In spite of all the vicious and unfounded attacks on Republican presidential nominee, Donald Trump, “the Don” continues to push forward with his plan to “Make America Great Again.”
This time his focus is on explaining his plan to help the African-American community get off the “Democrat Welfare Plantation” and onto a more hopeful and ambitious path.
Trump spoke at an event in Charlotte, North Carolina on Wednesday and talked about his “New Deal” for Black Americans.
From The Hill:
My “deal is grounded in three promises: safe communities, great education and high-paying jobs,” “Whether you vote for me or not, I will be your greatest champion. We live in a very divided country, and I will be your greatest champion.”
“American politics is caught in a time loop. We keep electing the same people over and over and over,”
“Every day, I’m out on the trail proposing fresh solutions and new thinking. And every day, the same people, getting rich off our broken system, say we can’t change and we can’t try anything new, because it’s not good for them.”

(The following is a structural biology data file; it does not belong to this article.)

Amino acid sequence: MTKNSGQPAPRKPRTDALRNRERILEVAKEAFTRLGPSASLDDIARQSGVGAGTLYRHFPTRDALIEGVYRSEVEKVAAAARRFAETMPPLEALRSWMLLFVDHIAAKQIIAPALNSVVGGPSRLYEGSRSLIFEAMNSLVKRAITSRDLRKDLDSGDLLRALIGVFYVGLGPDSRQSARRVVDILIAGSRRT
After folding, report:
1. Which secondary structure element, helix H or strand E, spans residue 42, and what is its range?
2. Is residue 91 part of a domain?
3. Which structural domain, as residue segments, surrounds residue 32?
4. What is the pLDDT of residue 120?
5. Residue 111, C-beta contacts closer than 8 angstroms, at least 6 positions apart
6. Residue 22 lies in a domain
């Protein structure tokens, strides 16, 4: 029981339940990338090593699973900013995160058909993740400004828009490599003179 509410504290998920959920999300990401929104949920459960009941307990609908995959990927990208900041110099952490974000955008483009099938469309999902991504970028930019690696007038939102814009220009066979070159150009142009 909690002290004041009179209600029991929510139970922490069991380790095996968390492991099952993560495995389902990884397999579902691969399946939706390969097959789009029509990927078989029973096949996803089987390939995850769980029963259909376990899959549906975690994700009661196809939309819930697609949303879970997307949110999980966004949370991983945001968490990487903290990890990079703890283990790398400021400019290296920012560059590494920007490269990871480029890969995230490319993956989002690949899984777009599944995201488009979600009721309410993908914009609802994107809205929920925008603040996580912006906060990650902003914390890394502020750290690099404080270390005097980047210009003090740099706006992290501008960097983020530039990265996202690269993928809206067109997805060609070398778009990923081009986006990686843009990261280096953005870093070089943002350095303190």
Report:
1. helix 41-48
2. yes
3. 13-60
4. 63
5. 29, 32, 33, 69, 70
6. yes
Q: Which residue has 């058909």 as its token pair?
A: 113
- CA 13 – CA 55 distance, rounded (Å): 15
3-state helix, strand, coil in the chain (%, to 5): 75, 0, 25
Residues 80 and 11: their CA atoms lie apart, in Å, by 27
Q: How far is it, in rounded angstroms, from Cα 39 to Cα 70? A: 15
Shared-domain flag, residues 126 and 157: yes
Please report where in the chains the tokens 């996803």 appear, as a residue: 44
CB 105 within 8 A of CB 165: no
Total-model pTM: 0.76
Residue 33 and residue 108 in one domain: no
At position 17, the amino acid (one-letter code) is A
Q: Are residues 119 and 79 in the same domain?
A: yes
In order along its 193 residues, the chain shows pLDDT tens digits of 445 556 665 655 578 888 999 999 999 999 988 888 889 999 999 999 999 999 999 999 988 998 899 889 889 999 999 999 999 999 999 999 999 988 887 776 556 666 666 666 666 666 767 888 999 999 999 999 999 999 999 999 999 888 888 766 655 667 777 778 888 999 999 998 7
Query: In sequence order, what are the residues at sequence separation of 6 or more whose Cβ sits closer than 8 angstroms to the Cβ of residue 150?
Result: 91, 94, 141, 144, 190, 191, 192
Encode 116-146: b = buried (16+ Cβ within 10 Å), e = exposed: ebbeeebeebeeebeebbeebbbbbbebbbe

“I have a message for all the doubters in Washington: America’s future belongs to the dreamers, not the cynics and not the critics,” he said.
“African-American citizens have sacrificed so much for our nation. They fought and died in every war since the Revolution and from the pews and the picket lines, they’ve lifted up the conscience of our country in the long march for civil rights. Yet too many African-Americans have been left behind.”
Trump has been a staunch supporter of law and order and the police all through his campaign which is strikingly opposite of what the Obama/Clinton narrative has been preaching.
Trump focused on removing “gang members and criminal cartels,” from inner city neighborhoods and laid blame on Clinton for promoting a “war on police.”
If there is anyone who can do it, it’s Donald Trump and with his recent rise in poll numbers, apparently he’s getting through to many black Americans who see their past experience with the Obama/Clinton “welfarism” plan as an abject failure.
Source: The Hill